Conker Canker

From the front of the school we look over Hills Road towards the Botanic Garden; and if you stand at the board in room 8, every time you look out of the window your view is dominated by a sickly horse chestnut tree.

ChestnustMarronnierPseudomonasSyringaeThe horse chestnut is in Western Europe is threatened by an incurable pathogen, a new strain of the so-called bleeding canker (Pseudomonas syringae pathovar aesculi), which affects and slowly circles the bark and major branches of the trees, restricting and ultimately cutting off circulation to the crown. Crown dieback is one of the symptoms, and is what we see from room 8 (and in the picture above).

It is also what I see from the windows at the back of my house. We have a horse chestnut in the garden which is dying, and will soon need removing. It is a sad business, also and perhaps especially for my children, for the horse chestnut is the source of the conker.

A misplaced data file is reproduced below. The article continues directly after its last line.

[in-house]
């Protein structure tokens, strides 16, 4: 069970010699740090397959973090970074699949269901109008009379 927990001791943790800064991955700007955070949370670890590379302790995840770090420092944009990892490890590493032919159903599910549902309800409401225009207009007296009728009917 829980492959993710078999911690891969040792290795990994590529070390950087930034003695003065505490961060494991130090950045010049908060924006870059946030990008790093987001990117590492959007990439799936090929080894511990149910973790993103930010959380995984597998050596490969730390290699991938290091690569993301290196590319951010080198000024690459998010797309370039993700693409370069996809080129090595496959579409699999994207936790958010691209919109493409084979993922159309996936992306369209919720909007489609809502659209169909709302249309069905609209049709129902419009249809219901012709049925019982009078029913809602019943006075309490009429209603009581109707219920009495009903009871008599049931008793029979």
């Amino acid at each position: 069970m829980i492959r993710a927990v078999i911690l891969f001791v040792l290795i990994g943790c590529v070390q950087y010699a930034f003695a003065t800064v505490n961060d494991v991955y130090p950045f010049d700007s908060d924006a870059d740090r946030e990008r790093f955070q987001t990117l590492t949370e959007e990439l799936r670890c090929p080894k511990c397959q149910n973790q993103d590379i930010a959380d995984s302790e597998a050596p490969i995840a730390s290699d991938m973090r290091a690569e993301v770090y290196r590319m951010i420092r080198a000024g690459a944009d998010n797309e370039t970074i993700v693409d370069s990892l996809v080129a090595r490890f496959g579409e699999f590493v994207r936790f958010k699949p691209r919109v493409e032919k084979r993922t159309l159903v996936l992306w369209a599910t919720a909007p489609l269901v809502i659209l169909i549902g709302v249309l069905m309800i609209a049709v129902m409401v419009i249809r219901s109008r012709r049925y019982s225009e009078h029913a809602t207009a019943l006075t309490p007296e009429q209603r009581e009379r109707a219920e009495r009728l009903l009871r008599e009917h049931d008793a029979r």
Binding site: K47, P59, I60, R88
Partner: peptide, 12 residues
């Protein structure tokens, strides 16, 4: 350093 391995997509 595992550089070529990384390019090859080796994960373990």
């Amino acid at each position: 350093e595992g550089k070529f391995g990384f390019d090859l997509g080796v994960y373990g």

Conkers is a game played with the fruit of the horse chestnut, known as a conker, which is skewered on a bit of twine and smashed into a rival conker. Last conker standing, so to speak, wins. When I was at school (and I am sure, still today) conkers were valued according to their accumulated victories, like Spitfires; there was solemn debate over whether the victories should be numbered singly, or inherited – whether, in other words, defeating a conker with a given number of victories meant you should claim all of those victories too.

Well, the conkers are on the way out. Nearly half of all horse chestnuts are affected in Britain, and there is no known treatment. In the 1970s we lost almost all of our elm trees to the virulent dutch elm disease, and recently ash trees have similarly been threatened. The landscape is forever changing, and soon, from room 8, we’ll be able to see right into the Botanic Garden, perhaps as far as the systematic beds.

post on our sister blog, OISE Oxford, laments the destruction of avenues of horse chestnuts in Cutteslowe Park, Oxford.